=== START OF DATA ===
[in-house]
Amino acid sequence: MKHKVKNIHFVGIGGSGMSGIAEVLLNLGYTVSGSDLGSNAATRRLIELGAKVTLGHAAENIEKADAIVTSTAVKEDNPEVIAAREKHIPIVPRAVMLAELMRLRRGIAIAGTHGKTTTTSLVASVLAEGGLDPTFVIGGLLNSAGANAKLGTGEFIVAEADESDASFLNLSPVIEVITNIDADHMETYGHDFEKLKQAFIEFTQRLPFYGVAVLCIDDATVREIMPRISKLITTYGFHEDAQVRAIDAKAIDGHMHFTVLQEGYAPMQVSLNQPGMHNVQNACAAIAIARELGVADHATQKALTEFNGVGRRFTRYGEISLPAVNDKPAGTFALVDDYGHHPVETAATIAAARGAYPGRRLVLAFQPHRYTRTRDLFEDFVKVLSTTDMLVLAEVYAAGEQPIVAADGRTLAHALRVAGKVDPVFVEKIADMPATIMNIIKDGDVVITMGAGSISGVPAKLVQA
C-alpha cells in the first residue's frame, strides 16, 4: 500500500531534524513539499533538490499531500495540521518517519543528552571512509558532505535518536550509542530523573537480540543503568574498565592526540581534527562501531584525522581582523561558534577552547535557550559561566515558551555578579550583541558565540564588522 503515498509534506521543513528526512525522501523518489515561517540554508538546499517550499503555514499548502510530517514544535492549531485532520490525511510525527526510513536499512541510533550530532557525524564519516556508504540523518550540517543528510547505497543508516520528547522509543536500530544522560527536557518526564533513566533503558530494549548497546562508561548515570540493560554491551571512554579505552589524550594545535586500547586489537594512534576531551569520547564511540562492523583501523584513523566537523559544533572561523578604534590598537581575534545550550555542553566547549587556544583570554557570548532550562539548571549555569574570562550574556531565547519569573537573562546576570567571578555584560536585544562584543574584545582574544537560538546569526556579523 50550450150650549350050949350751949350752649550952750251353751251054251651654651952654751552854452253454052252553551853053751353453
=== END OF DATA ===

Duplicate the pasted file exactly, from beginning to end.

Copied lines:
[in-house]
Amino acid sequence: MKHKVKNIHFVGIGGSGMSGIAEVLLNLGYTVSGSDLGSNAATRRLIELGAKVTLGHAAENIEKADAIVTSTAVKEDNPEVIAAREKHIPIVPRAVMLAELMRLRRGIAIAGTHGKTTTTSLVASVLAEGGLDPTFVIGGLLNSAGANAKLGTGEFIVAEADESDASFLNLSPVIEVITNIDADHMETYGHDFEKLKQAFIEFTQRLPFYGVAVLCIDDATVREIMPRISKLITTYGFHEDAQVRAIDAKAIDGHMHFTVLQEGYAPMQVSLNQPGMHNVQNACAAIAIARELGVADHATQKALTEFNGVGRRFTRYGEISLPAVNDKPAGTFALVDDYGHHPVETAATIAAARGAYPGRRLVLAFQPHRYTRTRDLFEDFVKVLSTTDMLVLAEVYAAGEQPIVAADGRTLAHALRVAGKVDPVFVEKIADMPATIMNIIKDGDVVITMGAGSISGVPAKLVQA
C-alpha cells in the first residue's frame, strides 16, 4: 500500500531534524513539499533538490499531500495540521518517519543528552571512509558532505535518536550509542530523573537480540543503568574498565592526540581534527562501531584525522581582523561558534577552547535557550559561566515558551555578579550583541558565540564588522 503515498509534506521543513528526512525522501523518489515561517540554508538546499517550499503555514499548502510530517514544535492549531485532520490525511510525527526510513536499512541510533550530532557525524564519516556508504540523518550540517543528510547505497543508516520528547522509543536500530544522560527536557518526564533513566533503558530494549548497546562508561548515570540493560554491551571512554579505552589524550594545535586500547586489537594512534576531551569520547564511540562492523583501523584513523566537523559544533572561523578604534590598537581575534545550550555542553566547549587556544583570554557570548532550562539548571549555569574570562550574556531565547519569573537573562546576570567571578555584560536585544562584543574584545582574544537560538546569526556579523 50550450150650549350050949350751949350752649550952750251353751251054251651654651952654751552854452253454052252553551853053751353453